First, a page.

Modern times were different, but the same. The New World was a world in which man became more and more detached from nature and sought his place. Pascal was frightened by the silence and depth of this infinite space. The machines came, the machines became powerful, bringing the distant near. Man became faster, man became higher and man became stronger. But man was still slow compared to man. Man became standardized, man wanted and consumed. The more he consumed, the more he consumed and produced to consume. The postman, in his distinctive clothes, knocked on our door, telegram in hand, and delivered the envelope with the message that you have to speed up. He did this every hour of every day, the postman stopped, televisions did it, telephones did it, computers did it, you did it, he did it. Cities grew, cities became complex, cities had police, they needed parks, everything that was once spontaneous was now needed. Space and time warped, time and space were no longer the time and space we knew, because there was less and less we didn’t know. Or was it an illusion of time that the more we knew, the more we didn’t know? The cyclical, self-repeating rhythm of nature was broken, because nature was a turtle for man. The hare was running away, the hare was arrogant. For a while, reality seemed to bring unhappiness. Cubists and expressionists popped up like mushrooms. Were they poisonous? If not, nothing could stand in the way of the temptation to cook them on the stove and eat them. With the mushrooms, reality was shattered, time was recreated. This is why Guernica and Nagasaki shared a common fate. As one reached faster, stronger and higher, the other watched it on the silver screen or had to raise his head in a night’s sleep.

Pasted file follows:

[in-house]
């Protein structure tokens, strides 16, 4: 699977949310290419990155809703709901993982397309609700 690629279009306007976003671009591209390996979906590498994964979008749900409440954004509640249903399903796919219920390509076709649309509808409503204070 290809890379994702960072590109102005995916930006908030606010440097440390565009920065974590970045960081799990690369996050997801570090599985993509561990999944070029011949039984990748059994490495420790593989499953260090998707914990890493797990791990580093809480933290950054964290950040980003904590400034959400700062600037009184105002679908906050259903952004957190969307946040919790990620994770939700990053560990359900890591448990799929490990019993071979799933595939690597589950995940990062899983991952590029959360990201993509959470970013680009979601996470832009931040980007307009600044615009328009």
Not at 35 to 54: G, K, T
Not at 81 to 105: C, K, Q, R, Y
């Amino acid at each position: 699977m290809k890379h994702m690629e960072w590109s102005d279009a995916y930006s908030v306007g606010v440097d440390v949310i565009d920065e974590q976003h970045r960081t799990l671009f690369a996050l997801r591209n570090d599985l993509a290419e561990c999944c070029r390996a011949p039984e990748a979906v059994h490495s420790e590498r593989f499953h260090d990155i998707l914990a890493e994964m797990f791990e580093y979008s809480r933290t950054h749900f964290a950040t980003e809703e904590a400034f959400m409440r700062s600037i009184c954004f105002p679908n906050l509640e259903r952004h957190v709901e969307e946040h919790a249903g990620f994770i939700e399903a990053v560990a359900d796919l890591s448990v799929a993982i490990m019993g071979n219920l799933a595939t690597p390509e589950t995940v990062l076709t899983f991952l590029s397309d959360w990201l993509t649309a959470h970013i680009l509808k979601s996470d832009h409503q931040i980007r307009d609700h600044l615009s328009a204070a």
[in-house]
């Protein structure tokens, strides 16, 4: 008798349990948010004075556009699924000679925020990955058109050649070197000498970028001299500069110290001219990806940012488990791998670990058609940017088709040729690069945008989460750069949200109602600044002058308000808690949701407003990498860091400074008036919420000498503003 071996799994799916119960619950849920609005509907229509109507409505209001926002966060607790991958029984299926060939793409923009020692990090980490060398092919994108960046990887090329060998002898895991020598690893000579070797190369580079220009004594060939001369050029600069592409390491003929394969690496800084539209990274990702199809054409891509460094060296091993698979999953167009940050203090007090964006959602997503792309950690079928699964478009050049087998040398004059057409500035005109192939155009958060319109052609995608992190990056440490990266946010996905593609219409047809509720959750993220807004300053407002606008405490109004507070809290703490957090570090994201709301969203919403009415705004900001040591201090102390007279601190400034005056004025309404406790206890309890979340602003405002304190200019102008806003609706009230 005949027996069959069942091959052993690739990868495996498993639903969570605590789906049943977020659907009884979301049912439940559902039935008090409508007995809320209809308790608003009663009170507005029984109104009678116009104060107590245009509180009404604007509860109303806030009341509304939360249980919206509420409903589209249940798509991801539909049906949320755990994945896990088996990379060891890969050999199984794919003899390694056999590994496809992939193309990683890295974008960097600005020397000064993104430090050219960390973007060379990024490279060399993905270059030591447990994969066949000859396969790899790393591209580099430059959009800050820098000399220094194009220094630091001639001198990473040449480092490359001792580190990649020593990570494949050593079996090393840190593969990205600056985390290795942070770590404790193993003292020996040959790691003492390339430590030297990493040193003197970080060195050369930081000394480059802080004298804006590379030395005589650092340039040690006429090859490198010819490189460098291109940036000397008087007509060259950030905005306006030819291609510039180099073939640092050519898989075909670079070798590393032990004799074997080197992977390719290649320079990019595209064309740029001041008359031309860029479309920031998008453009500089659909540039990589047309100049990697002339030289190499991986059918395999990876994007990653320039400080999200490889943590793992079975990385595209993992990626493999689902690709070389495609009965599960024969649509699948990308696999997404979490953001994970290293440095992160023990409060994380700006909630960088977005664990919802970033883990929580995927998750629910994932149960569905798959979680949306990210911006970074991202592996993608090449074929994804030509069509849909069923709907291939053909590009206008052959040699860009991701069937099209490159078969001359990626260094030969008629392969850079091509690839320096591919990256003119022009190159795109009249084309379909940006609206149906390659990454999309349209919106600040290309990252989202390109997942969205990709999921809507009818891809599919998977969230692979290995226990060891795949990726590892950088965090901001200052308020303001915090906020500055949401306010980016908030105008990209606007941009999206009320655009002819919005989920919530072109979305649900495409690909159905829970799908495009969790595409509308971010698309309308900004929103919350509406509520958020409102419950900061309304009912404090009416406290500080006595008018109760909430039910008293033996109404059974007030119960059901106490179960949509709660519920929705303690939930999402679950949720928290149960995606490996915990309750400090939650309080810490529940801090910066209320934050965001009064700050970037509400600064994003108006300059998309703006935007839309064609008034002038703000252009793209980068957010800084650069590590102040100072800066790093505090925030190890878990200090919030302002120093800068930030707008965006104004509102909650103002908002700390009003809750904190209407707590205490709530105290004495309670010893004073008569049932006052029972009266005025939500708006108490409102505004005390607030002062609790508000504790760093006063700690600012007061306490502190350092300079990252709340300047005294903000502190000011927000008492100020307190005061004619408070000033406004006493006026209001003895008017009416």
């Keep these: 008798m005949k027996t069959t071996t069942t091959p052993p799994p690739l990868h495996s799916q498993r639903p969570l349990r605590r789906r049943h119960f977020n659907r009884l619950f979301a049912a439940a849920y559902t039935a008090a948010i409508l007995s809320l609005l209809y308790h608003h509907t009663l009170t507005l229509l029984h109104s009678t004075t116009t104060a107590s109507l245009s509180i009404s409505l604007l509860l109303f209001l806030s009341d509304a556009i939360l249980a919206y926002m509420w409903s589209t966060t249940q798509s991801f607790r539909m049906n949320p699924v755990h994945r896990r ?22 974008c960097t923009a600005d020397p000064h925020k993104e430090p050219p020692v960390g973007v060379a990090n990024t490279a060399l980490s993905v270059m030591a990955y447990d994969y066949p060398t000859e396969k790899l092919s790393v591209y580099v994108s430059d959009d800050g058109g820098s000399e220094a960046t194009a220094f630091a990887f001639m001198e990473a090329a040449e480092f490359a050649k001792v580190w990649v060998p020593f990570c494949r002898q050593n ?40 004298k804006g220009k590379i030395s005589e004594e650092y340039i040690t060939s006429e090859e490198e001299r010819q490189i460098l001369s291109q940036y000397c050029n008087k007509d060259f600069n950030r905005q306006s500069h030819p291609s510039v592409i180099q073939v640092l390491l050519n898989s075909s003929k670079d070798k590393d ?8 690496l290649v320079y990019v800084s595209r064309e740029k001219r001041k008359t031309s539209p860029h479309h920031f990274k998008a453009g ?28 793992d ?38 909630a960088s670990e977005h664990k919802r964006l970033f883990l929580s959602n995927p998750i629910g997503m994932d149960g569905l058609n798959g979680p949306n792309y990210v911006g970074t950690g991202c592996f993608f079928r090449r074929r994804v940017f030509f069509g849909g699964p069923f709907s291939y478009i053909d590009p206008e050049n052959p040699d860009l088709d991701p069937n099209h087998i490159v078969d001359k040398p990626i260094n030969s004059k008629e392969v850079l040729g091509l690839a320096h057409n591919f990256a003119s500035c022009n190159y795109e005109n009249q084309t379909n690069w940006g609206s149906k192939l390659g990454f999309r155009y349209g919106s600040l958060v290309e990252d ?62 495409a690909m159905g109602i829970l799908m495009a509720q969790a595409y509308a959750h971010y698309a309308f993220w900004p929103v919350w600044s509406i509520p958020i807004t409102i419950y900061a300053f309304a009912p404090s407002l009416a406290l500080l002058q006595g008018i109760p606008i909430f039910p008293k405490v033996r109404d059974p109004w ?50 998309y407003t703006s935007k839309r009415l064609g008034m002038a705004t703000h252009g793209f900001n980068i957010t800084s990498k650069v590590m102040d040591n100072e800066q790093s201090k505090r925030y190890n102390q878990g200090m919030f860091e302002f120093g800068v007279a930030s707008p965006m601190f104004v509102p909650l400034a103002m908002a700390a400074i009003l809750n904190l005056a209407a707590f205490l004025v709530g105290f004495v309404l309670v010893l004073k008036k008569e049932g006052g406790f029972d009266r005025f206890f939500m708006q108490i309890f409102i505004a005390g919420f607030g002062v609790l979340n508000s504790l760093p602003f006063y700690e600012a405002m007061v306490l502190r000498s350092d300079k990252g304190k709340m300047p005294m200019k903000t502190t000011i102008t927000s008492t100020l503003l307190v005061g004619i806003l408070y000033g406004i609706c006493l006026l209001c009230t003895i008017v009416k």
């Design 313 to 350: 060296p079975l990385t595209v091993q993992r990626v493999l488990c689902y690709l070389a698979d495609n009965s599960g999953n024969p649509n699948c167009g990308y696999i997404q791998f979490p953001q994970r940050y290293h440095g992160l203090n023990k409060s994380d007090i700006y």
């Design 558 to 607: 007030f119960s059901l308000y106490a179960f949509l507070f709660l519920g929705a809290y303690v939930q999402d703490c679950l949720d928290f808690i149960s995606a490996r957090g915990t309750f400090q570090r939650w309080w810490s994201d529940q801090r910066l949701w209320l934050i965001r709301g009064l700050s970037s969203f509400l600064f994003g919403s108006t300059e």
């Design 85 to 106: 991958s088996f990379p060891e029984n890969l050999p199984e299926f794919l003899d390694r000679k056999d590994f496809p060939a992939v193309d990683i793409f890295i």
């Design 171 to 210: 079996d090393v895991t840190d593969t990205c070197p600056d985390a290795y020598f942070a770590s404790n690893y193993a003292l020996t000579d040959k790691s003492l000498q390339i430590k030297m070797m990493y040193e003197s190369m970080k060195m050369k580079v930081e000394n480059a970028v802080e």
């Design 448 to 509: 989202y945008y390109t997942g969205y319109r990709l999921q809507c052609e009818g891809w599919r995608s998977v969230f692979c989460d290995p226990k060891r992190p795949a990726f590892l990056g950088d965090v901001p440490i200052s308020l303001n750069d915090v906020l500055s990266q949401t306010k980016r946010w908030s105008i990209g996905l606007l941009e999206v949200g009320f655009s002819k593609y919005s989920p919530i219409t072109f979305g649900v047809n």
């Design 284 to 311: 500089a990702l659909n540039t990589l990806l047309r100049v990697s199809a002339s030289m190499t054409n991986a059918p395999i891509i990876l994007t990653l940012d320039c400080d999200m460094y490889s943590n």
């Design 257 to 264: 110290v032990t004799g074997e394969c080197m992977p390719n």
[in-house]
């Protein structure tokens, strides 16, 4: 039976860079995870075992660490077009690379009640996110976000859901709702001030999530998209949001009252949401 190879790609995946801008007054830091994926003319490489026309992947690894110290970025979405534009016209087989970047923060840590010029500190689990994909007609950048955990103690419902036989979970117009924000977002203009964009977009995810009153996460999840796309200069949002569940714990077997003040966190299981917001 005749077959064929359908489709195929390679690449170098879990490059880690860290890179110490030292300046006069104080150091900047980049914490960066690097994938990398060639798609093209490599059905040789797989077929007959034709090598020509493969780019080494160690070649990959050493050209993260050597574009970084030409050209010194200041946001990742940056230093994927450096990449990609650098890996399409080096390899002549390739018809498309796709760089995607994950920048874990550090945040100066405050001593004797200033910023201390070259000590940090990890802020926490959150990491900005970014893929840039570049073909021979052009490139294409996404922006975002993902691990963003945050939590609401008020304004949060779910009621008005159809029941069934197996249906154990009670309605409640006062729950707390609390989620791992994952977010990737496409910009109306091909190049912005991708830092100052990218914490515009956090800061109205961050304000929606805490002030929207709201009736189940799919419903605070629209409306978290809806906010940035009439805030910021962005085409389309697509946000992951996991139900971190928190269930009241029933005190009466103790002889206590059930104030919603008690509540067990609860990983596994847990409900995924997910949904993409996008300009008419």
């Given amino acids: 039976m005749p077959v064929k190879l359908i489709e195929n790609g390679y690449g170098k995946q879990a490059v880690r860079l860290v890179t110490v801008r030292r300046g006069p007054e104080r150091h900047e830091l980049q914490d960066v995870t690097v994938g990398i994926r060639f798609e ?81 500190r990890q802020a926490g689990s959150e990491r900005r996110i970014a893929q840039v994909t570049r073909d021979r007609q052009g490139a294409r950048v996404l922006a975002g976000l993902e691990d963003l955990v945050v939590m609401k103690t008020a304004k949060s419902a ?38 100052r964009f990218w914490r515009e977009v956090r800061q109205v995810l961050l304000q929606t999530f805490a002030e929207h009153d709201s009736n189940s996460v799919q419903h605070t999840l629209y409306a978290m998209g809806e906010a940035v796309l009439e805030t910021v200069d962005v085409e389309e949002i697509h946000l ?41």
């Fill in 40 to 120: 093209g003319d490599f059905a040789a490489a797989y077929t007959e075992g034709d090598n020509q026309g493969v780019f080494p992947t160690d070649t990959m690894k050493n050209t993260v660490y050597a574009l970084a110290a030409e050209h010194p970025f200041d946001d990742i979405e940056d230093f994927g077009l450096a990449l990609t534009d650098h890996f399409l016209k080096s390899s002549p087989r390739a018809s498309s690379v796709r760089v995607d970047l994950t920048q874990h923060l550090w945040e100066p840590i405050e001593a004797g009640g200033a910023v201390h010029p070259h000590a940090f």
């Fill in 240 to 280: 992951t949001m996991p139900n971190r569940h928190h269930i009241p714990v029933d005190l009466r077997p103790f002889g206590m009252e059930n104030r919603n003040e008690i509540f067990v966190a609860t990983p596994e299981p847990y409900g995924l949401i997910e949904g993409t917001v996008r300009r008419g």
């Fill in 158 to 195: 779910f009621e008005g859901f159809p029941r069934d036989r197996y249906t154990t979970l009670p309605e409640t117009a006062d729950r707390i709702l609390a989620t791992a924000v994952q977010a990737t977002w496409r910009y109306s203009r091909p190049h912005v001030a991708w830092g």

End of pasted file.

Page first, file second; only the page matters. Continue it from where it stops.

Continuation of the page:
The world produced, the world worked, the world suffered. Oil, engine, engine, oil, engine, oil, engine! The world was the same, but people were in one sphere, in all of them. People became globalized. While all this was happening, humanity preferred economy to ecology. It prioritized itself. But mankind was in over its head. On Easter Island, the Pygmies, the Hadza, the Aleutian Islands, New Zealand, the Yellow River, the Gulf of Mexico, the Black Sea, humanity dug its own well. In each case, man won the conflicts but lost the battles, repeating each other and trying to open the speed gap with the Earth. Nature prevailed, nature was slower but stronger, faster, higher. Time was the only thing that held man and Nature together. Time knew how to subjugate.

And again, in Sagan’s words, our Earth was a lonely speck in the cosmic darkness that surrounded it. Our only shelter of life and solution in the face of our conflicts and problems. The one that repeats itself in the projection of time and that we cannot resist.

Oğuz Tutal is an environmental and climate economist and a senior expert at CERA Europe (Climate and Environment Association Europe) and European Development Institute (EDI).